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“The future beckons to us. Whither do we go and what shall be our endeavour? To bring freedom and opportunity to the common man, to the peasants and workers of India; to fight and end poverty and ignorance and disease.” - Nehru Tryst w/ destiny

 The ideals of socialism and the idea to provide equally to all were the basis of the foundation of this very nation, prior our experiences with the British exposed us to gross inequality therefore we changed the very essence of British rule to make every human irrespective of any parameter ‘equal’.

 Hence our constitution is filled with Articles that encourage equality

 Article 38 of Indian Constitution impose liability on State that states will secure a social order for the promotion of welfare of the people but without public health we cannot achieve it. It means without public health welfare of people is impossible.

Article 39(e) related with workers to protect their health.

 Article 41 imposed duty on State to public assistance basically for those who are sick and disable.

Article 42 makes provision to protect the health of infant and mother by maternity benefit.

  In the India the Directive Principle of State Policy under the Article 47 considers it the primary duty of the state to improve public health, securing of justice, human condition of works, extension of sickness, old age, disablement and maternity benefits and also contemplated. Further, State’s duty includes prohibition of consumption of intoxicating drinking and drugs are injurious to health.

Article 48A ensures that State shall Endeavour to protect and impose the pollution free environment for good health.

Article 47 makes improvement of public health a primary duty of State. Hence, the court should enforce this duty against a defaulting authority on pain of penalty prescribe by law, regardless of the financial resources of such authority.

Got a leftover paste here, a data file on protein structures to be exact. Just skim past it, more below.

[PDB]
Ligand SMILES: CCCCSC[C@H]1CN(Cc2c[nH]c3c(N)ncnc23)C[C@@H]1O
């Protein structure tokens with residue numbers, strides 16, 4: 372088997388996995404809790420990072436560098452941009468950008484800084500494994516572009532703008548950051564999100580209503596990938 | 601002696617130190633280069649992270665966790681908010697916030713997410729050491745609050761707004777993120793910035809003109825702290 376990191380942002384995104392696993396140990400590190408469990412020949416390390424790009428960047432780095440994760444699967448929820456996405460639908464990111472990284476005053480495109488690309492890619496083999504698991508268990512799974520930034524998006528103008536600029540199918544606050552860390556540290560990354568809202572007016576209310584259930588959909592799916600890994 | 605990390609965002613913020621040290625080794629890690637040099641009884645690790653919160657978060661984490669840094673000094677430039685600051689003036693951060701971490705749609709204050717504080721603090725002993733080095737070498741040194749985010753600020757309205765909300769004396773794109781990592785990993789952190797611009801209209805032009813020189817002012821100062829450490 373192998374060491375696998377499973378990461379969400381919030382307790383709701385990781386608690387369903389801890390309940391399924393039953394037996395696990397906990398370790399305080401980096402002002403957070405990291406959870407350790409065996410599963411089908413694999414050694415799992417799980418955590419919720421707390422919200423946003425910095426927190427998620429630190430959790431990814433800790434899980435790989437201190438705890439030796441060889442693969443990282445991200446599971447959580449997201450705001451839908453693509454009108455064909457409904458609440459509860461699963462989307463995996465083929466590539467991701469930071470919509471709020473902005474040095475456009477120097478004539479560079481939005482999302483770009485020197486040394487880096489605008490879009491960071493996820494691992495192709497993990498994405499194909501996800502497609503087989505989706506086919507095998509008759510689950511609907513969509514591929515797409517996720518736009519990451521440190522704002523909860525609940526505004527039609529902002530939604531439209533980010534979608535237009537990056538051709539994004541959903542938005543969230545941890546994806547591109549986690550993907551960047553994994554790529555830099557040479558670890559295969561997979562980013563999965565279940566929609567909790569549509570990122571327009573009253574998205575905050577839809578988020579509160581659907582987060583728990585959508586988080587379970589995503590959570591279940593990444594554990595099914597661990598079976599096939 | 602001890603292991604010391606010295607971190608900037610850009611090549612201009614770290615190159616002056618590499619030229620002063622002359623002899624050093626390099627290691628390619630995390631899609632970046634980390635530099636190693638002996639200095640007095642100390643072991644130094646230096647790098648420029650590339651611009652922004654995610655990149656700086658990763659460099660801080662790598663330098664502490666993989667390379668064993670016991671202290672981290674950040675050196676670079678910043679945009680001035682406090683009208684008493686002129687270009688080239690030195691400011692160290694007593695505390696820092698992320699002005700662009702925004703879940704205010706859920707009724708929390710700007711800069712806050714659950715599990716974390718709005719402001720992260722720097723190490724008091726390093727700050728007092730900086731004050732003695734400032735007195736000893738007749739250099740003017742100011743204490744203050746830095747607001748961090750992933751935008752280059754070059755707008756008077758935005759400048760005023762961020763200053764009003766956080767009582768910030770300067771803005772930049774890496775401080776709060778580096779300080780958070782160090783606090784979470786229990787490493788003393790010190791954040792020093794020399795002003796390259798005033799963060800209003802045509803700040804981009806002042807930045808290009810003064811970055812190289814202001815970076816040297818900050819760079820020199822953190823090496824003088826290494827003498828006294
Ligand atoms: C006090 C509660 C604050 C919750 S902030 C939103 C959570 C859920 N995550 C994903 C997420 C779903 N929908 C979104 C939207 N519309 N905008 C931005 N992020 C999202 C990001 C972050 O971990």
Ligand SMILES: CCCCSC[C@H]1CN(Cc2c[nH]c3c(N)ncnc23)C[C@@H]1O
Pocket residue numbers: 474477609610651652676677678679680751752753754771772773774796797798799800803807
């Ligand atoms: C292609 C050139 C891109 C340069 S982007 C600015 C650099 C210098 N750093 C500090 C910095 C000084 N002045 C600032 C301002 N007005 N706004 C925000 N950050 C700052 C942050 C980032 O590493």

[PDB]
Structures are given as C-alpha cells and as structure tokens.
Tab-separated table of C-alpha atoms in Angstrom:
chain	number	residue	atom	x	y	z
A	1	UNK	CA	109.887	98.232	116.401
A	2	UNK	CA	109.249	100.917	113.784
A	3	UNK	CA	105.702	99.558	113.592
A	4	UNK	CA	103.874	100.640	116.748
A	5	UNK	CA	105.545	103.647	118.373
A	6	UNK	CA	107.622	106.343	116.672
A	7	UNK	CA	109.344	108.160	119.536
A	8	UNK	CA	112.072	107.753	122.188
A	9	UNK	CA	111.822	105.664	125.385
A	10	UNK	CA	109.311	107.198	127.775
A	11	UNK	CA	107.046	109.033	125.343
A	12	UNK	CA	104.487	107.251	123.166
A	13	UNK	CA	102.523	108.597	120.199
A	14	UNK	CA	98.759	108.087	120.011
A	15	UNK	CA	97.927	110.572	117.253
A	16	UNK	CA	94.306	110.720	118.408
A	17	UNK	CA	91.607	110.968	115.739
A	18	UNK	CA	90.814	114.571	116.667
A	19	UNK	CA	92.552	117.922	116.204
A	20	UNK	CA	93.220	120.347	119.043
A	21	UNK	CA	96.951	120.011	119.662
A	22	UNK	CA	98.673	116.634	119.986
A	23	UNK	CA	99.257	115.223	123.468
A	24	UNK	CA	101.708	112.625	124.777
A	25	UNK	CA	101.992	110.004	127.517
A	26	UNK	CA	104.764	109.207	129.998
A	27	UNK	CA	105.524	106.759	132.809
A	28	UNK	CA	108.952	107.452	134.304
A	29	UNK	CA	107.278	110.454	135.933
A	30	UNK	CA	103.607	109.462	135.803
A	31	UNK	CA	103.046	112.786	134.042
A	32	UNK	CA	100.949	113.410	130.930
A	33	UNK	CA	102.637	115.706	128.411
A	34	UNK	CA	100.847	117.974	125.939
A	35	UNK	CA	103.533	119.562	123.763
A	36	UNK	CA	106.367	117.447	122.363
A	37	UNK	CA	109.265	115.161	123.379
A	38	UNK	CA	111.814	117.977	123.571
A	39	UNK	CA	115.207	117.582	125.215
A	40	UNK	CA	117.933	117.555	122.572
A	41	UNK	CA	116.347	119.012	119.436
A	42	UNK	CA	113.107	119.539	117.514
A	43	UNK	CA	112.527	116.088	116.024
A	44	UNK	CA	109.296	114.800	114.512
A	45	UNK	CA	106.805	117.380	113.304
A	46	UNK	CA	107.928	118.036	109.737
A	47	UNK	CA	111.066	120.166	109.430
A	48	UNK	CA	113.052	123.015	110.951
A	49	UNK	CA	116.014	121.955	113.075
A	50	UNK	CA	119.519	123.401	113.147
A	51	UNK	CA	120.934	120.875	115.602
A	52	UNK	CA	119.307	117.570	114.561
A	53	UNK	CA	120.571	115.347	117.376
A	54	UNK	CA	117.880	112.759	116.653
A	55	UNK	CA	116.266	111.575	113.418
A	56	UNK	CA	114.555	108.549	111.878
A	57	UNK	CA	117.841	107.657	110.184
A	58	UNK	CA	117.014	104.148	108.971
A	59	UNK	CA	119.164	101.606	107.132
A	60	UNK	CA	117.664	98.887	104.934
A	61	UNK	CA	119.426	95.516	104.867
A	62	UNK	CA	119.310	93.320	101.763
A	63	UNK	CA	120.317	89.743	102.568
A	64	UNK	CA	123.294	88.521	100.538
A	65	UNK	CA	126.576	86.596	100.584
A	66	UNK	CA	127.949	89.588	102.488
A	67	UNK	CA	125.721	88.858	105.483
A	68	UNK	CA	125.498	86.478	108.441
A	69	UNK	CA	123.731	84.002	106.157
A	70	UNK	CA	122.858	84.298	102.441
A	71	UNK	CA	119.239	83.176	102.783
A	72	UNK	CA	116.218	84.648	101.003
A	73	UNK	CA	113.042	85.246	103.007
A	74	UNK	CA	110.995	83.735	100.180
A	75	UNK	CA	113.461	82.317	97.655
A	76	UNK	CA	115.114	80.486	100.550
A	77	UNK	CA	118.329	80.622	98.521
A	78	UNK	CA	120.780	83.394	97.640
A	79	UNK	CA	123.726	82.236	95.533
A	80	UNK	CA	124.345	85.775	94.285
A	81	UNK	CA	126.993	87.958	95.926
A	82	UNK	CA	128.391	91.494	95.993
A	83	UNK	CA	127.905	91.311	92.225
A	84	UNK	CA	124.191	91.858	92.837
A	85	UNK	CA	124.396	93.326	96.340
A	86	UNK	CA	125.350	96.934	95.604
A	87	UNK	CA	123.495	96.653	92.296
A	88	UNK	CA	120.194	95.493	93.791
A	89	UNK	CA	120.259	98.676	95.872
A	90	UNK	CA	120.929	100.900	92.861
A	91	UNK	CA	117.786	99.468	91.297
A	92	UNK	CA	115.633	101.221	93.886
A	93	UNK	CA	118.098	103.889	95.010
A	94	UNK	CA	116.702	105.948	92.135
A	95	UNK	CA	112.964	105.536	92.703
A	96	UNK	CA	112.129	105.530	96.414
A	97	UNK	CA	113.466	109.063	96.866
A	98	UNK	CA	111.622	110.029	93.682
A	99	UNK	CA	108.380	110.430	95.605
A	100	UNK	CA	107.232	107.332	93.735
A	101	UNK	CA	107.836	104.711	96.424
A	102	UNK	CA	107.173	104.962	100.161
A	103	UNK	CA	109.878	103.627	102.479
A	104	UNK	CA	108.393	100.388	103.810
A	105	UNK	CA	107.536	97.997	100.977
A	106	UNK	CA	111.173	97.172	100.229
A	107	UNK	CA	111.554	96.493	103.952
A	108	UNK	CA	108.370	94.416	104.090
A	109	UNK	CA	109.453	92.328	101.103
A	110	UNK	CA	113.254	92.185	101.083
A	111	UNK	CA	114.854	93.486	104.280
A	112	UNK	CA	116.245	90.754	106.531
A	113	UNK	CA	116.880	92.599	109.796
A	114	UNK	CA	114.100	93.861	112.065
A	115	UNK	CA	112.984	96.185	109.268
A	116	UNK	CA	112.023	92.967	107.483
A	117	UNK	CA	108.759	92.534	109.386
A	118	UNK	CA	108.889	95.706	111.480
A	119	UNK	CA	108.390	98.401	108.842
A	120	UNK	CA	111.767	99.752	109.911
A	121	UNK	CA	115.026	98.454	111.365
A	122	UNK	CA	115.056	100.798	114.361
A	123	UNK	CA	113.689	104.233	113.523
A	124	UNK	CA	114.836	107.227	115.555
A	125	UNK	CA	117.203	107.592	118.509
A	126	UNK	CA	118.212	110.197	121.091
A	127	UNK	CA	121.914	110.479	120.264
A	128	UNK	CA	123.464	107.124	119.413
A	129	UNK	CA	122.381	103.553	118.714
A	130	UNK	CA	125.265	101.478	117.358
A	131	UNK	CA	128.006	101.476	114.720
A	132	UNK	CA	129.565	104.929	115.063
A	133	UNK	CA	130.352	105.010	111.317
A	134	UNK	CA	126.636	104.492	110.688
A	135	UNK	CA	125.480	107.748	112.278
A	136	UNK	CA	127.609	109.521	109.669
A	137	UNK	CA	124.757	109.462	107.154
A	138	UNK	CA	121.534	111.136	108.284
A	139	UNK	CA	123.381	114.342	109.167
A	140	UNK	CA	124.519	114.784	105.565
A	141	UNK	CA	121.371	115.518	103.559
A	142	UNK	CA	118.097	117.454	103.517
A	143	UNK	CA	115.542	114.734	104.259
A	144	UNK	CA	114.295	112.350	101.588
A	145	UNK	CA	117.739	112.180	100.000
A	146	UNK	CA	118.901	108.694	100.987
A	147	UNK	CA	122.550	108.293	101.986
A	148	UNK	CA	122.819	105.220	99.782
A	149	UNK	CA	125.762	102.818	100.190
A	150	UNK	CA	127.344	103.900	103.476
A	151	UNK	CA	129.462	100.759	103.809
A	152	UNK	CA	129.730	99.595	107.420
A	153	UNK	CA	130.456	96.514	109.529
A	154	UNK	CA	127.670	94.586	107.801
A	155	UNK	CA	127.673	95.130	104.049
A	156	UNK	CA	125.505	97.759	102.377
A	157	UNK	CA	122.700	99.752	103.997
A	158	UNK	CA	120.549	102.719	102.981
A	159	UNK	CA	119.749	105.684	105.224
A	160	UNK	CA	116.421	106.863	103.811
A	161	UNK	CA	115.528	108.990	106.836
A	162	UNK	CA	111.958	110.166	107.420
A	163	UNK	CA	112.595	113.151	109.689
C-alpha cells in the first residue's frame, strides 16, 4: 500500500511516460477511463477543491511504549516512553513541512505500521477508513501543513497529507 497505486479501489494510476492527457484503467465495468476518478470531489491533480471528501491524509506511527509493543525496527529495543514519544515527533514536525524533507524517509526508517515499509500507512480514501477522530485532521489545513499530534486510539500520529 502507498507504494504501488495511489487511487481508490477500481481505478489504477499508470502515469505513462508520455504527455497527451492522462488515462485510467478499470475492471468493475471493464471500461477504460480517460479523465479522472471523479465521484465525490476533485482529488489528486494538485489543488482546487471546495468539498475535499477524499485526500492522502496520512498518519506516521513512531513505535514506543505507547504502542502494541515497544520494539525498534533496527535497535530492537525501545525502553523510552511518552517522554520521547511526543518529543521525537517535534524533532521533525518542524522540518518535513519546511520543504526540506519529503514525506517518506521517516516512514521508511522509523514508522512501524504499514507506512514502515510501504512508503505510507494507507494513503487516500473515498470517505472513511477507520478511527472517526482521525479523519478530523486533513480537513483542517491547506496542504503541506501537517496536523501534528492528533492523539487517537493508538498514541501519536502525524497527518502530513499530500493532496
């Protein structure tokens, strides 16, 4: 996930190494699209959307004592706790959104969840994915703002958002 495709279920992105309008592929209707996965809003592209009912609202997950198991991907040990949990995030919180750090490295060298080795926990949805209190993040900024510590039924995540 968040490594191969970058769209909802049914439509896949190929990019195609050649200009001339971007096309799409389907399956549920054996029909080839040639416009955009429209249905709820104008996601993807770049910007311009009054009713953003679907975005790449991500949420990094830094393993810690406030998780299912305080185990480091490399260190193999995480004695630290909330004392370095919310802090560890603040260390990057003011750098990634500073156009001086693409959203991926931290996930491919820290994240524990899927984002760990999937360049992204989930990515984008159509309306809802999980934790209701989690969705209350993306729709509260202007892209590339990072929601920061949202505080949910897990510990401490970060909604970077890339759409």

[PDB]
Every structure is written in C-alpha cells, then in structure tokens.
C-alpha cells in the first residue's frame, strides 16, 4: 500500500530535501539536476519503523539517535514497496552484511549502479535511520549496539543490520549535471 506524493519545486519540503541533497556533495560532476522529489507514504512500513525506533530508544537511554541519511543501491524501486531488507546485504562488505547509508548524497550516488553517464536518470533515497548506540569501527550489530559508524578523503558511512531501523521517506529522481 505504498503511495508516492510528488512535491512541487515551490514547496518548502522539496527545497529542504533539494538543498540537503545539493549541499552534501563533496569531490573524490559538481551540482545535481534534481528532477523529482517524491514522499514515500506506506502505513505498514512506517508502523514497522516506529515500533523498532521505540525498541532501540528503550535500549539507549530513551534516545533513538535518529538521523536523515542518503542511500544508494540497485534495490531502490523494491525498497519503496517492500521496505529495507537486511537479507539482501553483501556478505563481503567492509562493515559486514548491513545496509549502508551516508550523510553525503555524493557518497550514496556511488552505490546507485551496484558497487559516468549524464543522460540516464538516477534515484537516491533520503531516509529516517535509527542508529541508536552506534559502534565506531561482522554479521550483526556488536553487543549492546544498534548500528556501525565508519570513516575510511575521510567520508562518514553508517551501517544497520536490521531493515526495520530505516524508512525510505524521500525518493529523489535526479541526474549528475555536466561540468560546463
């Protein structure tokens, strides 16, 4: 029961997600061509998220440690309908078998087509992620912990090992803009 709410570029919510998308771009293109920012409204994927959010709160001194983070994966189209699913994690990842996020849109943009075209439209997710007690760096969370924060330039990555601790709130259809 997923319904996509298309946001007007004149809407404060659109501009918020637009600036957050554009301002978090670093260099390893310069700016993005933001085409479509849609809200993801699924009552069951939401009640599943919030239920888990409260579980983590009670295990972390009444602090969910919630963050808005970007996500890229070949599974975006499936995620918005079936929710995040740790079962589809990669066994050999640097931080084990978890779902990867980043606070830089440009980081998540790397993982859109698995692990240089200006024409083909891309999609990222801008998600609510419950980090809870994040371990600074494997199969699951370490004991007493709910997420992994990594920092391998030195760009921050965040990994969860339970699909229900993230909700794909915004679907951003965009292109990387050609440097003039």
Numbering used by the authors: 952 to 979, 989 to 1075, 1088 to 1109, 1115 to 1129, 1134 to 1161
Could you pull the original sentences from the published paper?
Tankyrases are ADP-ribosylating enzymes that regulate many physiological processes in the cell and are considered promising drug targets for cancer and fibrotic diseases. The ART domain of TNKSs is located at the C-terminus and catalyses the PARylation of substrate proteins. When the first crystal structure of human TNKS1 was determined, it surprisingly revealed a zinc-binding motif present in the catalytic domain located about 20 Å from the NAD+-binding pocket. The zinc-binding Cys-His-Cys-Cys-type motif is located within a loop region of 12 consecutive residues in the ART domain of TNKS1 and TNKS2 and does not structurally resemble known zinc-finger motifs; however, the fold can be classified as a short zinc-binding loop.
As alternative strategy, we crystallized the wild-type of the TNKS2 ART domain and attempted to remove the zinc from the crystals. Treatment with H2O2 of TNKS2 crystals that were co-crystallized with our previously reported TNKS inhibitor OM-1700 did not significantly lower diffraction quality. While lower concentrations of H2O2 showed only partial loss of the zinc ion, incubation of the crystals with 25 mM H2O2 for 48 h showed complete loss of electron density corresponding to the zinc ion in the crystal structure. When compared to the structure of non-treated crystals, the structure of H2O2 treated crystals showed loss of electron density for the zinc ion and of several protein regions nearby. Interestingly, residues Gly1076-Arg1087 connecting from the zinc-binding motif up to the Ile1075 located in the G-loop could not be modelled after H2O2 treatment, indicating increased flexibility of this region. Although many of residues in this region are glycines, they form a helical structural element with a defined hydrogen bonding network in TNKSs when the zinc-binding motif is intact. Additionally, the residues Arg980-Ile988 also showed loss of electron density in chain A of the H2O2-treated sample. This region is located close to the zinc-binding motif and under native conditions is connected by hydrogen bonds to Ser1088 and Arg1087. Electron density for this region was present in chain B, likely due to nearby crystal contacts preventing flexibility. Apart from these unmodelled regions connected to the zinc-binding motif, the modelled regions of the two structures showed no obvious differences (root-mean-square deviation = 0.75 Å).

The DPSP are only the directives to the State. These are non-justifiable. No person can claim for non-fulfilling these directives. But the Supreme Court has brought the right to health under the preview of Article 21. The scope of this provision is very wide. It prescribes for the right of life and personal liberty. The concept of personal liberty comprehended many rights, related to indirectly to life or liberty of a person. And now a person can claim his right of health. Thus, the right to health, along with numerous other civil, political and economic rights, is afforded protection under the Indian Constitution.

 In 1995, the Supreme Court held that right to health and medical care is a fundamental right covered by Article 21 since health is essential for making the life of workmen meaningful and purposeful and compatible with personal dignity. The state has an obligation under Article 21 to safeguard the right to life of every person, preservation of human life being of paramount importance.

 Even after these big words as a part of our constitution we are lacking every basic necessity rather the unit to cure the sick is itself a ‘sick’ industry.

 In the midst of so many health issues in our country the government has done almost nothing to solve these problems. The problem of rural-urban divide, accessibility and affordability continues to haunt this nation. Health is the most important factor for a population. According to the World Bank India loses 6% GDP each year due to preventive illness and death and yet our government is only investing a mere 1.2% of our GDP into healthcare whereas the US spends 19% and the difference clearly shows.

Oxfam reports clearly show us the pitiful state of the Indian healthcare where 60% do not even have basic access to necessary medical facilities. Health insurance is an alien term to most of the Indian population and only 17% are covered by it.

 With this idea in mind our healthcare is outsourced 80% to the private players and our rural population is 72% with this any common man can think of problems arising such as accessibility, affordability etc. Our government has not solved the issue but given us another potential businessman to charge money for their responsibility.

 This can be seen by their mantra of  needing to contain the fiscal deficit was invoked to slash committed funds to the health sector by 20% towards the end of 2014. The Union budget of 2015-'16 was equally harsh, and effected a 5.7% cut in total allocation to the health sector – down from Rs.35,163 crores in 2014-15 to Rs.33,152 crores.

 Simultaneously, allocation for the flagship Integrated Child Development Scheme to the Ministry of Women and Child Development was halved, from around Rs.16,000 crores to a meagre Rs.8,000 crores.